AFRICA THROUGH WESTERN EYES
Part 3: Papers of Cameron, Cruikshank, Livingstone, Moffatt, Park and Stanley from the National Library of Scotland
David Livingstone (1813-1873) is one of many Scots who played a major part in the development of modern Africa. As a missionary, an explorer, a doctor and a scientist, he pushed forward the boundaries of knowledge about Africa, fought against the slave trade and championed the Christian colonisation of central and eastern Africa. There are records of his travels in South Africa, East Africa and of his trans-African travels, as well as letters (32 from Stanley), sketches and maps. There are also letters and papers of Robert Moffat (1795-1883), his father-in-law, who was a pioneer missionary in the area north of the Orange River and travelled extensively on the edge of the Kalahari Desert.
Livingstone's first draft of Missionary Travels and Researches in South Africa is included, as is his African journal, 1862-1863, and notes for his last journal. Of related interest is the journal of J Walker, who accompanied Henry Morton Stanley on his expedition for the relief of Emin Pasha.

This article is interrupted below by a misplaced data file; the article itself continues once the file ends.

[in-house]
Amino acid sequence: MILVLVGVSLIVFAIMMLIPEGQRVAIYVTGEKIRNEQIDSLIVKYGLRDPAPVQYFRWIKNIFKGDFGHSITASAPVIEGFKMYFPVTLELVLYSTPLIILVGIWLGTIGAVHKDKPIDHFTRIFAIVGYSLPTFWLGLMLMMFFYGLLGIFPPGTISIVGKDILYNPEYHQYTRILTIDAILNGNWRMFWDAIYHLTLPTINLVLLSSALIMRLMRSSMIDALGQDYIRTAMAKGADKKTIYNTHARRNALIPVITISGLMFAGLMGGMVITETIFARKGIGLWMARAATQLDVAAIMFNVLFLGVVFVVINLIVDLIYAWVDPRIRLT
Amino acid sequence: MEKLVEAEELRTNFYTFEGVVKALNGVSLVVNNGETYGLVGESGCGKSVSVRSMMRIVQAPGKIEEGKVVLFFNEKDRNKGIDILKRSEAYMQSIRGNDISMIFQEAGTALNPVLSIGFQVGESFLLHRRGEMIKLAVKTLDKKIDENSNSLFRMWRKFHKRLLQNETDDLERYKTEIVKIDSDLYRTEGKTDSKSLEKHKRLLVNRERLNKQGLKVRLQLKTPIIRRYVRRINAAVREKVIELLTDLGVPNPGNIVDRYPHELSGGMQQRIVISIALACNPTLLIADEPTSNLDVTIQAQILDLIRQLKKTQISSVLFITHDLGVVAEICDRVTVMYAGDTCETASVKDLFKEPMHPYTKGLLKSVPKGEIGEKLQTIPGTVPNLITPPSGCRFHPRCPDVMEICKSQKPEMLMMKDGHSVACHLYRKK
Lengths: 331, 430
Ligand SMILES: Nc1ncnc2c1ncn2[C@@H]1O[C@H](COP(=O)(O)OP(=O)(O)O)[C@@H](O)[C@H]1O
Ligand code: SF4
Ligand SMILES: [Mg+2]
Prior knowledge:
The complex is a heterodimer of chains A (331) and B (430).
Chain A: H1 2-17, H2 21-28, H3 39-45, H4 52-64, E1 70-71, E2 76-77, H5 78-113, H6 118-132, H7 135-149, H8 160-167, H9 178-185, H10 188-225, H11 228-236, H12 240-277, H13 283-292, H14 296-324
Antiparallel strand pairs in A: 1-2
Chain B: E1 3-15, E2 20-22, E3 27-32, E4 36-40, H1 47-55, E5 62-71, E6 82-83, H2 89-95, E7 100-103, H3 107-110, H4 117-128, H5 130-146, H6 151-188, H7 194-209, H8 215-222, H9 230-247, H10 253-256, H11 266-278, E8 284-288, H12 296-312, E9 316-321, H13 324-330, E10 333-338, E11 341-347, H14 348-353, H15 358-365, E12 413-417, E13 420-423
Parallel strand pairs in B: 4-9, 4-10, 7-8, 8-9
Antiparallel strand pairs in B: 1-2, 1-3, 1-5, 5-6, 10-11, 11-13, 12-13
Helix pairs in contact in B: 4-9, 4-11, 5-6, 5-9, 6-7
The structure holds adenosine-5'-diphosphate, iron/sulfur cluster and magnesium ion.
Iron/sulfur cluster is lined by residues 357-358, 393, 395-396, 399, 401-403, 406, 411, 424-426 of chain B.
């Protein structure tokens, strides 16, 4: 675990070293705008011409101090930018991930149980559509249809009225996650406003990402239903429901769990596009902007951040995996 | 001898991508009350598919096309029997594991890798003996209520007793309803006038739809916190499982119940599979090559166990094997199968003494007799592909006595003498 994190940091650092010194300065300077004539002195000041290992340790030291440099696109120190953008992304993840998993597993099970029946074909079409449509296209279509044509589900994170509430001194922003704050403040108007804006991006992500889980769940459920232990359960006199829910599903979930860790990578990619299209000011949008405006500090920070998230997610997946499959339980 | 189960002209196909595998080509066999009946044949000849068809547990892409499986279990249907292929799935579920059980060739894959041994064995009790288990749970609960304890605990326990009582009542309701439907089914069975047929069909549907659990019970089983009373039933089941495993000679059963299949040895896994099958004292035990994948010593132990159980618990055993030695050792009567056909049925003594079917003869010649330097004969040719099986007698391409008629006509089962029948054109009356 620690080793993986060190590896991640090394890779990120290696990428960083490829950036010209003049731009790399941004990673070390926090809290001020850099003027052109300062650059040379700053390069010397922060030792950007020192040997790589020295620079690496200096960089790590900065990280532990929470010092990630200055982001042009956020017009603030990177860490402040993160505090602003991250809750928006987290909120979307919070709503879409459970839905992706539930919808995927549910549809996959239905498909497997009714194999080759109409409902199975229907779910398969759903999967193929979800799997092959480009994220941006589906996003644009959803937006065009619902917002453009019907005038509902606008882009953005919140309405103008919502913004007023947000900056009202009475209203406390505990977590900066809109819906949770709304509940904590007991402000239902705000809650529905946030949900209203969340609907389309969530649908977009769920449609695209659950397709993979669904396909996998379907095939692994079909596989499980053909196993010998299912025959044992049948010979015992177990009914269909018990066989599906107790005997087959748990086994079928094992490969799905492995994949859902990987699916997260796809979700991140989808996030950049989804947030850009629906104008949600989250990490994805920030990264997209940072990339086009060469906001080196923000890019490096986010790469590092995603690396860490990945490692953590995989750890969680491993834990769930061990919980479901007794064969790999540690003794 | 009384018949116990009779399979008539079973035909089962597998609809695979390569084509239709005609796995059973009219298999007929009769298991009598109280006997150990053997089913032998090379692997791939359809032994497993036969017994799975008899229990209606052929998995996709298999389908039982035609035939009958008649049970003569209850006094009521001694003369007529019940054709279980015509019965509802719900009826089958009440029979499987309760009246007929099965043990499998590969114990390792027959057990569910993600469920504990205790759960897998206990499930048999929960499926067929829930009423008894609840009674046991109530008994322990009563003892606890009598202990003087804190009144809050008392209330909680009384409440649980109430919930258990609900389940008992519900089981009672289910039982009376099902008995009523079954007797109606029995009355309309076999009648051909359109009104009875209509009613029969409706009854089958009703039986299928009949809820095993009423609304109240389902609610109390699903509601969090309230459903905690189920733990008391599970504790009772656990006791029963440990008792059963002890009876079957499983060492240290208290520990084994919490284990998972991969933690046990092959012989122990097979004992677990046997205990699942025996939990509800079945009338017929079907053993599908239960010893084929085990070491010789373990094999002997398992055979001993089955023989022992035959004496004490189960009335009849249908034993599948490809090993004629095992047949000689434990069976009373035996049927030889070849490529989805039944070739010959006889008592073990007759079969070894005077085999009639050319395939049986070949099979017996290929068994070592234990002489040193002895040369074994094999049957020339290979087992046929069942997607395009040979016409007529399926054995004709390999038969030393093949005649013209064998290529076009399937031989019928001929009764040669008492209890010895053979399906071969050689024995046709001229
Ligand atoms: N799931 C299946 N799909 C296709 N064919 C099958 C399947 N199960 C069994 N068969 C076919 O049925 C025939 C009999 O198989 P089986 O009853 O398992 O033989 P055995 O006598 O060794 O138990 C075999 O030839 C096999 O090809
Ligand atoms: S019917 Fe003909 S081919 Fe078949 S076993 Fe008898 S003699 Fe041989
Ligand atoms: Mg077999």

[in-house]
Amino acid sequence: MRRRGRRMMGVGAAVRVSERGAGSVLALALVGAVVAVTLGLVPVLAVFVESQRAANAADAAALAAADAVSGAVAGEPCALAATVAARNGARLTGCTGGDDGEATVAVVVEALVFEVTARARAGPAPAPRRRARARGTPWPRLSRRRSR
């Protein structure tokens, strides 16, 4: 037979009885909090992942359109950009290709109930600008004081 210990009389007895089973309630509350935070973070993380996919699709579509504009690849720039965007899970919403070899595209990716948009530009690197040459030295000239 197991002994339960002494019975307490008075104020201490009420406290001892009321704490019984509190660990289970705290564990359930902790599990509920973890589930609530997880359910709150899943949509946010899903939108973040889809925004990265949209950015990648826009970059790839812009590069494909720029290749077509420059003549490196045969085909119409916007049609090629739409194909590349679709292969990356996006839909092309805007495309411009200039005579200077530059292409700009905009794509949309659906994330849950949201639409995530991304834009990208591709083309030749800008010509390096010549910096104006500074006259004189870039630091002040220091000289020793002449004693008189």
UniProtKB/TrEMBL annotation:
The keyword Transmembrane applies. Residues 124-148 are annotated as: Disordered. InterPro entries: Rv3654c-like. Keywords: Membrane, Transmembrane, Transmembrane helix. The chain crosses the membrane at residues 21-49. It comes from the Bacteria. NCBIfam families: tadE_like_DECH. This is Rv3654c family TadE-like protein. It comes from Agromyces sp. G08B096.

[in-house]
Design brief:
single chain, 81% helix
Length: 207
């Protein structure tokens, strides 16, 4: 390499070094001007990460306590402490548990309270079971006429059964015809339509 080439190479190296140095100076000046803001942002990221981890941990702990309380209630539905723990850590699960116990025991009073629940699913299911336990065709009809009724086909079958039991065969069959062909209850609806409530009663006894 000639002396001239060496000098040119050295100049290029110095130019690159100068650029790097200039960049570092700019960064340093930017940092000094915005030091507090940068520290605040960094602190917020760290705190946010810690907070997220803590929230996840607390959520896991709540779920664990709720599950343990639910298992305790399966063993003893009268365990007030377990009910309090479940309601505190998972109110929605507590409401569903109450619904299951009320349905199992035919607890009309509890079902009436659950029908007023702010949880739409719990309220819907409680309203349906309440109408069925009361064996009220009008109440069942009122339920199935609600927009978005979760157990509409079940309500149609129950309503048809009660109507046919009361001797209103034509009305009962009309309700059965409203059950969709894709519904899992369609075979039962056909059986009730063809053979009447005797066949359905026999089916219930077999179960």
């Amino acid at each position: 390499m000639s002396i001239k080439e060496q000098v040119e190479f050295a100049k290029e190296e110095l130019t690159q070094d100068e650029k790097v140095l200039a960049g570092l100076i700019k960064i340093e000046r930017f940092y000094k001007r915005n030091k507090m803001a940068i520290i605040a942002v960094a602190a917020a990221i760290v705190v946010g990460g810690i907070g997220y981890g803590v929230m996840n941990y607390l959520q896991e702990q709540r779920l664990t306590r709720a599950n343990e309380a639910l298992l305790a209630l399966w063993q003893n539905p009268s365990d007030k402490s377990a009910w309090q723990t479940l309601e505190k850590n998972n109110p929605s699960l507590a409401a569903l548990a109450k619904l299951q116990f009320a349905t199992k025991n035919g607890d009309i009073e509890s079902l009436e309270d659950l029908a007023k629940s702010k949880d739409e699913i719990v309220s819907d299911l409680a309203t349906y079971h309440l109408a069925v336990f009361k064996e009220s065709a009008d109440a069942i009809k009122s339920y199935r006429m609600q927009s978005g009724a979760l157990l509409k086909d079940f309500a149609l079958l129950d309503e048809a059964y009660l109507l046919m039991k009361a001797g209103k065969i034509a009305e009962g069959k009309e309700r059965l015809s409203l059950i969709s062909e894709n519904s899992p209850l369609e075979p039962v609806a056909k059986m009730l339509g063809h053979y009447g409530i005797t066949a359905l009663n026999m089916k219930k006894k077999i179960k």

Earlier still was Mungo Park (1771-1806), the ill-fated explorer of the Niger. In one of his letters he records, "The Greatest part of the Soldiers died on the March during the Rains. We succeeded in gaining the friendship of Mansong King of Bambara who was quite delighted with the hope of English Vessels coming up the Joliba." His accounts of exploration can be compared with the extensive records of Verney Lovett Cameron (1844-1894) who was the first European to cross Africa from east to west (from Zanzibar to Benguela via the Zambesi).
The papers of Brodie Cruikshank (1814-1854), a Gold Coast trader, provide a different perspective and include a detailed account of Fante customs and religion based on twenty years' experience.
The National Library of Scotland also houses some important records concerning the Boer War and we include four volumes of Boer War letters, a diary and other related materials.